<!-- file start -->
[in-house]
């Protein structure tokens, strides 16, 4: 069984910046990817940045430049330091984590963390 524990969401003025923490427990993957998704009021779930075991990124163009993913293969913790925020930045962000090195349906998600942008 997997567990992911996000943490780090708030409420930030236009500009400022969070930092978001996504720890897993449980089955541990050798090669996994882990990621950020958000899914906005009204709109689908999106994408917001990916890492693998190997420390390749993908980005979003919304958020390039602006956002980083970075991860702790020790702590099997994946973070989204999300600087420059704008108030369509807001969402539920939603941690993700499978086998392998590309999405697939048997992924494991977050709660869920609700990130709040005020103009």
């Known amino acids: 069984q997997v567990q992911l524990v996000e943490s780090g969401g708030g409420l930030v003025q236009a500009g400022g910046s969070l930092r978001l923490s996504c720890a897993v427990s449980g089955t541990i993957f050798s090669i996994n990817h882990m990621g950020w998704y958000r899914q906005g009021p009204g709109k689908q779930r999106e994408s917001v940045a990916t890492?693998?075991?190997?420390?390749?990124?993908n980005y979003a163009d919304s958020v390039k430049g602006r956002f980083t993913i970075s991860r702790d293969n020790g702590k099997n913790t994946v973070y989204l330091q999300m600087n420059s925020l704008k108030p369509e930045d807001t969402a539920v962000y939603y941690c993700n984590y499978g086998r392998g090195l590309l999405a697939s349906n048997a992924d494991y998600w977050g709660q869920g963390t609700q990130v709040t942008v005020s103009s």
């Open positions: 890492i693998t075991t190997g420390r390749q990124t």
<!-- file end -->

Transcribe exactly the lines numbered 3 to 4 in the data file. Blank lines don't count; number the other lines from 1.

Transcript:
């Known amino acids: 069984q997997v567990q992911l524990v996000e943490s780090g969401g708030g409420l930030v003025q236009a500009g400022g910046s969070l930092r978001l923490s996504c720890a897993v427990s449980g089955t541990i993957f050798s090669i996994n990817h882990m990621g950020w998704y958000r899914q906005g009021p009204g709109k689908q779930r999106e994408s917001v940045a990916t890492?693998?075991?190997?420390?390749?990124?993908n980005y979003a163009d919304s958020v390039k430049g602006r956002f980083t993913i970075s991860r702790d293969n020790g702590k099997n913790t994946v973070y989204l330091q999300m600087n420059s925020l704008k108030p369509e930045d807001t969402a539920v962000y939603y941690c993700n984590y499978g086998r392998g090195l590309l999405a697939s349906n048997a992924d494991y998600w977050g709660q869920g963390t609700q990130v709040t942008v005020s103009s």
């Open positions: 890492i693998t075991t190997g420390r390749q990124t």